Actual laboratory data obtained from steady‐state Dunaliella tertiolecta cultures grown under a wide range of photon flux densities were used in a simple model to calculate daily production in a conventional algal mass culture system. In spite of large physiological and biochemical variations between low‐light‐ (LL) and high light‐ (HL) adapted cultures, the overall calculated daily productivity is almost identical for both strains grown at optimal conditions. When production of fine biochemicals is considered, however, a hypothetical HL strain, which cannot shade adapt, is advantageous. Based on biochemical and biophysical analysis of D. tertiolecta responses to growth irradiance levels, specific targets are defined for genetic manipulation to enhance productivity in algal mass culture systems. The targets identified are (1) amplification of the carboxylation enzyme ribulose‐1,5‐bisphosphate carboxylase‐oxygenase relative to the electron transport complexes, which should increase photosynthetic capacity at light saturation, and (2) enlargement of the light‐harvesting complexes by varying their pigment composition in order to increase light harvesting at low photon flux densities.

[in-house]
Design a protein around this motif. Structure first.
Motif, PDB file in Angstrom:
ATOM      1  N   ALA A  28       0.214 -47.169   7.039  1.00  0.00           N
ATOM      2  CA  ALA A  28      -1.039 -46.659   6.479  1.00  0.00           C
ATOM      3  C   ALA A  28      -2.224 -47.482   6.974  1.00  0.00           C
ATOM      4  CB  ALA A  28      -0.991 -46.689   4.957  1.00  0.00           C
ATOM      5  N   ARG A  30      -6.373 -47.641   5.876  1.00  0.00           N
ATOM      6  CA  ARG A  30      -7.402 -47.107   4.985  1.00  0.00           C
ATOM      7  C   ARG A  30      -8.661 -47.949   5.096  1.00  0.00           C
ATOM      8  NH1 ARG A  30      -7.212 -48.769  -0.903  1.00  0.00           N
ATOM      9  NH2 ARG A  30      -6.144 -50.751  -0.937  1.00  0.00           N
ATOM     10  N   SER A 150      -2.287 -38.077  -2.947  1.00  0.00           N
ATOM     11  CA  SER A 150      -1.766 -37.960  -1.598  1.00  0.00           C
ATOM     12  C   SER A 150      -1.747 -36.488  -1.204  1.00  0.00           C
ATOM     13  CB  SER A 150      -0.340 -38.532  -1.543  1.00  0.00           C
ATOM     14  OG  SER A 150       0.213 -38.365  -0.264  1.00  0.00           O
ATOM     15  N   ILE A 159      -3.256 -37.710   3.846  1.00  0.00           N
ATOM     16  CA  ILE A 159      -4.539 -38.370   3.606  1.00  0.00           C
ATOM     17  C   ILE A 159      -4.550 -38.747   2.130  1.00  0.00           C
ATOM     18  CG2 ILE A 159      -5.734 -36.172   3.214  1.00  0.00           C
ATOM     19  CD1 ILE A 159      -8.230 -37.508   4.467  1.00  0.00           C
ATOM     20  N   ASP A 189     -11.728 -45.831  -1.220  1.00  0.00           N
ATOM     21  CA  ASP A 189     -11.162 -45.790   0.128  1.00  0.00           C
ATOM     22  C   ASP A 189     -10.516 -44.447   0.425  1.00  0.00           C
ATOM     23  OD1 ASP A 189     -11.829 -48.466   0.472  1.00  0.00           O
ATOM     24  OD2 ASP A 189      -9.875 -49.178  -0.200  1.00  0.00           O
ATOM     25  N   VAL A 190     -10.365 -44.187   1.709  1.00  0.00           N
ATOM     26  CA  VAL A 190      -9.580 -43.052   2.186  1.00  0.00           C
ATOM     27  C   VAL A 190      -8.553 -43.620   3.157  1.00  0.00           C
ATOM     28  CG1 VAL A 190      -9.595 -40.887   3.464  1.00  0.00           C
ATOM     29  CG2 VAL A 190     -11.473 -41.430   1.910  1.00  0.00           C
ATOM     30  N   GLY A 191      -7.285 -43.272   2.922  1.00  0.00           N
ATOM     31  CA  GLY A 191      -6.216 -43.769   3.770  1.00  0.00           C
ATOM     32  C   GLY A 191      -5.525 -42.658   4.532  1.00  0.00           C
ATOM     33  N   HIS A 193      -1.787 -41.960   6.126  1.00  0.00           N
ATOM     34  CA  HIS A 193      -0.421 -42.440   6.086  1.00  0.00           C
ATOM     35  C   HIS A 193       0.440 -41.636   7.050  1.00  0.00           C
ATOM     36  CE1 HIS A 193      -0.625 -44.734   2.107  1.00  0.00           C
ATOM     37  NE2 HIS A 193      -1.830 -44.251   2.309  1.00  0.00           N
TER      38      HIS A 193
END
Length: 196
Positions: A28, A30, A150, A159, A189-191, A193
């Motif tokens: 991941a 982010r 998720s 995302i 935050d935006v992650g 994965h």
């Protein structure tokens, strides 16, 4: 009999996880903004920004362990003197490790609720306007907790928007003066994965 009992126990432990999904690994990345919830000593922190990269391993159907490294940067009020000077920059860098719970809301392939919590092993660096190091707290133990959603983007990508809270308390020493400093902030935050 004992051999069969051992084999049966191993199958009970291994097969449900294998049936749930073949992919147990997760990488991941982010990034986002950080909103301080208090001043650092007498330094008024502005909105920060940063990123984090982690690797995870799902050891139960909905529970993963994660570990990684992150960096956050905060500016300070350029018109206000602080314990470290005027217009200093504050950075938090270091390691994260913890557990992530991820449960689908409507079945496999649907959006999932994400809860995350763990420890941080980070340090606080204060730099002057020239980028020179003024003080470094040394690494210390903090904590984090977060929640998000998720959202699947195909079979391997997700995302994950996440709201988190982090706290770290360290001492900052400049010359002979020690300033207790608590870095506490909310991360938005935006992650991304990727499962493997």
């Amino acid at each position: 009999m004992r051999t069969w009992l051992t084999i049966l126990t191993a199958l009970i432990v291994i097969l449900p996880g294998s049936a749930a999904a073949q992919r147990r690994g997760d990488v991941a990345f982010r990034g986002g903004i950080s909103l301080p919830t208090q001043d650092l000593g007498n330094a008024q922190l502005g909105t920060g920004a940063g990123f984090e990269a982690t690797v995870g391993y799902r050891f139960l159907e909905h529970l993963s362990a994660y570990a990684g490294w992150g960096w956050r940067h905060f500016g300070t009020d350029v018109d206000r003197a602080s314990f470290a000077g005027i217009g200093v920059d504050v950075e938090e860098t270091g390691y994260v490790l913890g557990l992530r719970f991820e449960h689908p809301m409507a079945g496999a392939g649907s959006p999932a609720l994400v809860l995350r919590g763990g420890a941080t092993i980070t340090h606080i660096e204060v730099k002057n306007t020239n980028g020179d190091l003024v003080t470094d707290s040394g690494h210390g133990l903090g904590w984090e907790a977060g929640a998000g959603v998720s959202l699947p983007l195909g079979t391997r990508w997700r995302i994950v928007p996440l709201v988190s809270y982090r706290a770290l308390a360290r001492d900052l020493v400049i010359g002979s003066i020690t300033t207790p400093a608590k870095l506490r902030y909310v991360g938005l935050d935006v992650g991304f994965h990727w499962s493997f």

ASJC Scopus subject areas
- Applied Microbiology and Biotechnology